MCFEELY GROUP DERRY IFC SEMI FINAL
LIMAVADY V STEELSTOWN
REFEREE: DAN MULLAN (GLENULLIN)
After their surprise win over local rivals Faughanvale in the semi final, Limavady Wolfhounds face another stern test against last year's beaten finalists Steelstown.
They lost heavily to the city side at the group stage, finding themselves on the wrong end of a 3-15 to 0-9 drubbing in between victories over Ballymaguigan and Lissan.
In a Halloween date with Steelstown, manager Karl Diamond is expecting to have to quell fireworks in the opposition forward line.
“They have four or five marquee forwards, which not a lot of clubs at intermediate level would have,” he said.
“You have a real top quality forward line and we'll find it difficult to hold those boys. We played them last year in the league section.
“They'd only half a team out and they beat us comfortably, and then they beat us again in the league section this year by 12, 13 points.
“It'll probably be a step too far, but we'll give it a rattle.”
Diamond can point to a number of dangerous forwards of his own, with Cormac Quigley and Richard King joined by Ruairí Hasson and John Butcher.
Cormac Quigley will be crucial for Limavady.
Full forward focal point Quigley pillaged 0-5 against St Mary's last time out, with Richard King registering 1-2.
Both will be key to the Limavady effort, as the underdogs will need to hurt Steelstown with every opportunity that comes their way.
Limavady will be sweating on the fitness of Aaron McGregor and John Butcher as they bid to reach their first intermediate final since 1996, but the vibes are good on Roeside at present.
“It's a massive club. With the number of chimney pots around Limavady, it should be punching a lot higher than it actually is,” said Karl Diamond.
“There is a nucleus of five or six within the club who are driving it hard. They are as passionate about football in Limavady as they are in Bellaghy, but passion doesn't do it alone.
“We're not short of talent, but playing junior football doesn't give you the know-how to play top level games.
“It was a big bonus to get out of junior football and hopefully next year we'll compete better and have the good training of 1B football.
“It [the Faughanvale win] defnitely gave them a lift. We've worked very hard all year and a lot of things just seemed to click for us on the day.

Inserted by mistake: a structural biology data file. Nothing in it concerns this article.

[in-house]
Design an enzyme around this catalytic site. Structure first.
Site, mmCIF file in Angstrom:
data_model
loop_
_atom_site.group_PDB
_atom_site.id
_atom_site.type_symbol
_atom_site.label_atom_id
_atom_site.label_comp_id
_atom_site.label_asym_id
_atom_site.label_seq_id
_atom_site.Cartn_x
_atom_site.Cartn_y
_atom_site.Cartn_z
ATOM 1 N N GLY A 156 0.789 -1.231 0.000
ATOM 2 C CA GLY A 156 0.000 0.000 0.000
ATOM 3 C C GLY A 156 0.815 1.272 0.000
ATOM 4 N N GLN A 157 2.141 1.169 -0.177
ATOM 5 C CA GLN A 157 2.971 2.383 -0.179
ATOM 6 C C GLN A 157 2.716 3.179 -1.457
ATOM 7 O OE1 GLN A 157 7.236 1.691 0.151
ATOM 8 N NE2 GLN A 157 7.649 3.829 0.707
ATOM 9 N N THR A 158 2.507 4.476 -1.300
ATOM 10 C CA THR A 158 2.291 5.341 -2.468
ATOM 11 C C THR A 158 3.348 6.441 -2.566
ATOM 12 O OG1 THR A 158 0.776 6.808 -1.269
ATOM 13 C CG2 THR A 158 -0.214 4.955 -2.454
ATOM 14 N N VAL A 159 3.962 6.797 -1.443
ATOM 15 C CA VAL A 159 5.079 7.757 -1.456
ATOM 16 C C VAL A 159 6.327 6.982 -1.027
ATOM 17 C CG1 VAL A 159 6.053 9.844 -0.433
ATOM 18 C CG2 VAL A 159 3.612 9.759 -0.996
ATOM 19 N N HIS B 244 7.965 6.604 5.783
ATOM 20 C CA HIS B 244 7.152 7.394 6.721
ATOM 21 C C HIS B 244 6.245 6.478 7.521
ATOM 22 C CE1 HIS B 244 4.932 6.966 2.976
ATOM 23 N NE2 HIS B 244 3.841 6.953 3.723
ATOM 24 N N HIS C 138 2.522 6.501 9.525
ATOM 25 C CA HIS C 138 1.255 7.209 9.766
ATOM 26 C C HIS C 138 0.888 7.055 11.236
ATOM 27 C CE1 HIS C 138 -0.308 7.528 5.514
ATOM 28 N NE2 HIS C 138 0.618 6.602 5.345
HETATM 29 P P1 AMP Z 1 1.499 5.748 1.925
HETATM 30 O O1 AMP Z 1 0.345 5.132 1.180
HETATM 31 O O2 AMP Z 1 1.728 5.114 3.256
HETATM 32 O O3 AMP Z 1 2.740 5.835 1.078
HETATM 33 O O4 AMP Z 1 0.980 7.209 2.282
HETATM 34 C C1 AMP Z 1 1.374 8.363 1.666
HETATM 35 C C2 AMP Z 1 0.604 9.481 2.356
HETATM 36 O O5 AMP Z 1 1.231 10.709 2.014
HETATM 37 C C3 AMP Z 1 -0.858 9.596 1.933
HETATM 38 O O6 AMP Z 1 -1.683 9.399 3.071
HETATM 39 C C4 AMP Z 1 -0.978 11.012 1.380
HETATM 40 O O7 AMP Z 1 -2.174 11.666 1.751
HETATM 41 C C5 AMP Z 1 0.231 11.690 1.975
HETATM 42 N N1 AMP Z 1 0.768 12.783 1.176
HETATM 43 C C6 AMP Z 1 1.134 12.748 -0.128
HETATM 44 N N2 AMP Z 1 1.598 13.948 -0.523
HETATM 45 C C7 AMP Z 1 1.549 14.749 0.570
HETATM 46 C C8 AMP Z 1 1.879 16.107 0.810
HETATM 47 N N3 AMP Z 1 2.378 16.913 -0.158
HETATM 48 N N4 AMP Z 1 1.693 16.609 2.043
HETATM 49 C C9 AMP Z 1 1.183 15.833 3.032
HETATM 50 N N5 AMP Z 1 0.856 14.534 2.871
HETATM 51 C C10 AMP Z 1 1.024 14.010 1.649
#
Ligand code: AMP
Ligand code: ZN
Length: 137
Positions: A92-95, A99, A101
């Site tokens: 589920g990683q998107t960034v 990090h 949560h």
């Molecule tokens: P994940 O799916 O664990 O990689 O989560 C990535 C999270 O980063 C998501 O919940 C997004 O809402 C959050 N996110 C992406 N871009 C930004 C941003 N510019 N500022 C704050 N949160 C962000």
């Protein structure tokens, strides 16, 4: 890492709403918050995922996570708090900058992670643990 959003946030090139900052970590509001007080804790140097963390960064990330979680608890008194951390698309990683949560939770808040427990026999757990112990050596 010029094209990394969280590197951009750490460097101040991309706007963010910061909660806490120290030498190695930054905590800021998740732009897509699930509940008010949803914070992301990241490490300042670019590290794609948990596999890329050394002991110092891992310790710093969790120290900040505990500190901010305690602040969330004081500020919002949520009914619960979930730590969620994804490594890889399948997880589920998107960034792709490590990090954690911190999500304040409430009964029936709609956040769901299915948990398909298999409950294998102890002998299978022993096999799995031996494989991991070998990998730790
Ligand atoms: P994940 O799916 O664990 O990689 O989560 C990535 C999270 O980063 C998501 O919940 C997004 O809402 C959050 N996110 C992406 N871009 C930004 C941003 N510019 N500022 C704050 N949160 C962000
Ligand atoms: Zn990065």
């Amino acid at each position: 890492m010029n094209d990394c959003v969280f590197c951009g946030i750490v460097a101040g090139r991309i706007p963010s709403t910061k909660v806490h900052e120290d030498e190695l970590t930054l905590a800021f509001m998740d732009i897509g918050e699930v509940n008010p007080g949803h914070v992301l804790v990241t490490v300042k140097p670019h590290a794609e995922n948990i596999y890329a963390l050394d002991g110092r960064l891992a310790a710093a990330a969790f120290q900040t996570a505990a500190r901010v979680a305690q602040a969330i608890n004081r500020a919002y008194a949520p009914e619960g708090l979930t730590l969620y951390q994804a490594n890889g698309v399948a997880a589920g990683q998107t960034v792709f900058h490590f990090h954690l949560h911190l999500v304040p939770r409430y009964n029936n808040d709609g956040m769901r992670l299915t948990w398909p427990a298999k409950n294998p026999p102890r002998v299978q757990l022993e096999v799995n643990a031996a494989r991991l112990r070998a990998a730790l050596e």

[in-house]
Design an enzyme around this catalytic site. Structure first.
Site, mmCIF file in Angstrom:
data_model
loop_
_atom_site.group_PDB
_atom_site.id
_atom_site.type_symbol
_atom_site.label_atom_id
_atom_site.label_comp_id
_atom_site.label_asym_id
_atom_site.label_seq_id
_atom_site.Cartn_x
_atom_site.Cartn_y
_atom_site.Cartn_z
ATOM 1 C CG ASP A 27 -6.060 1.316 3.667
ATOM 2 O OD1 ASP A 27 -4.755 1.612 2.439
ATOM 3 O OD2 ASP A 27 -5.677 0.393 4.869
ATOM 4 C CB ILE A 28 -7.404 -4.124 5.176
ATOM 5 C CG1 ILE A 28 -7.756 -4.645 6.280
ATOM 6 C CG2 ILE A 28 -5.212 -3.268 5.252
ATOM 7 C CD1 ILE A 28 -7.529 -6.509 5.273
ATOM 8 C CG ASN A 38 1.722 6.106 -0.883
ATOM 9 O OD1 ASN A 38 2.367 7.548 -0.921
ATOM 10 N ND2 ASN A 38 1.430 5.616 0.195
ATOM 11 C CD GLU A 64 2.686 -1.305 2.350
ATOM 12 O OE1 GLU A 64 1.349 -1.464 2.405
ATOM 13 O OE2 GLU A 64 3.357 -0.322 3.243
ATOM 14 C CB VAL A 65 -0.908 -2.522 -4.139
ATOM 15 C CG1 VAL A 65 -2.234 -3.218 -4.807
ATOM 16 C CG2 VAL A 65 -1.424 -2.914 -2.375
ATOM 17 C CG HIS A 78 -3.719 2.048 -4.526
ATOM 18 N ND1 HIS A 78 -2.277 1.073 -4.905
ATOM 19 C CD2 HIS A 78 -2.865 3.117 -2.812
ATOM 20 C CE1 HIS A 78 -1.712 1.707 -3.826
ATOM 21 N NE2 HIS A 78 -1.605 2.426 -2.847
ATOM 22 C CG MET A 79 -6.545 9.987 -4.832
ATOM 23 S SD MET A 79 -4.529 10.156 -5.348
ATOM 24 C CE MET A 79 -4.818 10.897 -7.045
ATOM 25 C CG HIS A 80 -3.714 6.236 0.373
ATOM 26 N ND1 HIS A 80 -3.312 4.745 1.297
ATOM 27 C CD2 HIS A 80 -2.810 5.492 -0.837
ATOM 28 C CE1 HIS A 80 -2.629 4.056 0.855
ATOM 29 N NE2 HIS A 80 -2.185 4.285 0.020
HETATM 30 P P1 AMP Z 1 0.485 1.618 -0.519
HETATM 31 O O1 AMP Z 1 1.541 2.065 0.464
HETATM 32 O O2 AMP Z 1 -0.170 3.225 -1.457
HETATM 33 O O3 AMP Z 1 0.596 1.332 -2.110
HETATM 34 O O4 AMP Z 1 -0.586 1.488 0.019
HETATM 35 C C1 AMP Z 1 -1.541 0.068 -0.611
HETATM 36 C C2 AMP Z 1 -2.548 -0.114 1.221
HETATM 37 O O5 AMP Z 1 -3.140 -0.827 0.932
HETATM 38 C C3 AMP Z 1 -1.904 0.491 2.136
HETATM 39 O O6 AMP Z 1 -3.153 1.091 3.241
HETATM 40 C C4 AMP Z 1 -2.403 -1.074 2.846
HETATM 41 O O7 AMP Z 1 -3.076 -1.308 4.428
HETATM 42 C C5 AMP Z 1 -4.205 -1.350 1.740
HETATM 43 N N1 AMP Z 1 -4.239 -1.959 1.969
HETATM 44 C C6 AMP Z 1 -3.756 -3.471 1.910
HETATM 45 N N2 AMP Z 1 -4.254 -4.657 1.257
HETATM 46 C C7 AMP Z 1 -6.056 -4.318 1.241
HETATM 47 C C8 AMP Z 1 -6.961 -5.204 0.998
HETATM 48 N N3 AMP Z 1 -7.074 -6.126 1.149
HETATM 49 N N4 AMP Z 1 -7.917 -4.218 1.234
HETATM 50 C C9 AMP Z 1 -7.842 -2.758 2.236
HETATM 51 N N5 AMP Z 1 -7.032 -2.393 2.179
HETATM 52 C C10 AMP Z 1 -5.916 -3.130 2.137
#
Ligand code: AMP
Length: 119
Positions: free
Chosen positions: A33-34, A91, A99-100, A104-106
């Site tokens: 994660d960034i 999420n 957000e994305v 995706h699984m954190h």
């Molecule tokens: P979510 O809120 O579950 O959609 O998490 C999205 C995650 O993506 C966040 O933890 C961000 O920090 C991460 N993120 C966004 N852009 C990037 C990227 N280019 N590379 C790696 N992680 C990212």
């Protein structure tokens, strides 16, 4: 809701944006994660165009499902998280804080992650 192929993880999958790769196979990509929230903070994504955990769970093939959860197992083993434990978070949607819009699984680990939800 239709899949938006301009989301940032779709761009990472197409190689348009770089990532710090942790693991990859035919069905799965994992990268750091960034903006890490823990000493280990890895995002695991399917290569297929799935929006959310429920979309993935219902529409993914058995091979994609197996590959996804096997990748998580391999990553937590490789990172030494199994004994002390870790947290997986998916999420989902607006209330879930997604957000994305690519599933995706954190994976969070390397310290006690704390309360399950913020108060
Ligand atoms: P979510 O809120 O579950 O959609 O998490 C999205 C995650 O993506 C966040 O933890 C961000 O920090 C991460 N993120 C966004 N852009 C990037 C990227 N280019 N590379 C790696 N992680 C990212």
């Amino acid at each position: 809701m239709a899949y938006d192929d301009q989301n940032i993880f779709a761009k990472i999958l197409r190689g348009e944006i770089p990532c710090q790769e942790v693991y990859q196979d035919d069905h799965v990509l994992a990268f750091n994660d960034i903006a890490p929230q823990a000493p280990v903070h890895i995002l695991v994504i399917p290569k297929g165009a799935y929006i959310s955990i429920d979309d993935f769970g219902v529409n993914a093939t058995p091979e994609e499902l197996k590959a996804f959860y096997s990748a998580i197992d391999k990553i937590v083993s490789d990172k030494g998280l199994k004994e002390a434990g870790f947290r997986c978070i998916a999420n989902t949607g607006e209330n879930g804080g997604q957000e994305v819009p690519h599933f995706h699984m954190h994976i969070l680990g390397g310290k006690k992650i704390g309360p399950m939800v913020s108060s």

“I suppose the shock was in the result, not from the performance on the day. We totally outplayed Faughanvale and they maybe came into the game taking it for granted a bit.
“They are a good side and we caught them on the hop, but we're well capable of performing at that level and we need to carry on doing so.”
Steelstown have experienced the ultimate stage as recently as last year, when Greenlough inflicted the heartbreak of their third final loss.
Manager Hugh McGrath has reported a clean bill of health, and said the quarter final win over bogey team Castledawson was a means to an end.
“They've been a team we've always had an issue getting past. Are we happy with our performance on the day? Absolutely not,” he said.
“These things are about getting over the line and getting into the semi final, not about how pretty it is.”
Ben McCarron proved vital to their success last time out, hitting 1-7, and led by the experienced Neil Forester, Steelstown weathered a late storm to see them home.
McGrath praised his side's resilience in the face of past disappointment.
“We have a very good bunch and not a lot fazes them,” he said.
“We've been knocked back before, it's never been an issue getting back up and going again. This season has just proven that the guys have a lot of heart and determination to eventually get over the line.”
He is wary of the threat posed by their opponents, who he watched dispose of Faughanvale in the semi final.
“It's not the semi final we thought we were going to get, but It will be a test for us, and we have to work very hard to end up on the right side of it.”
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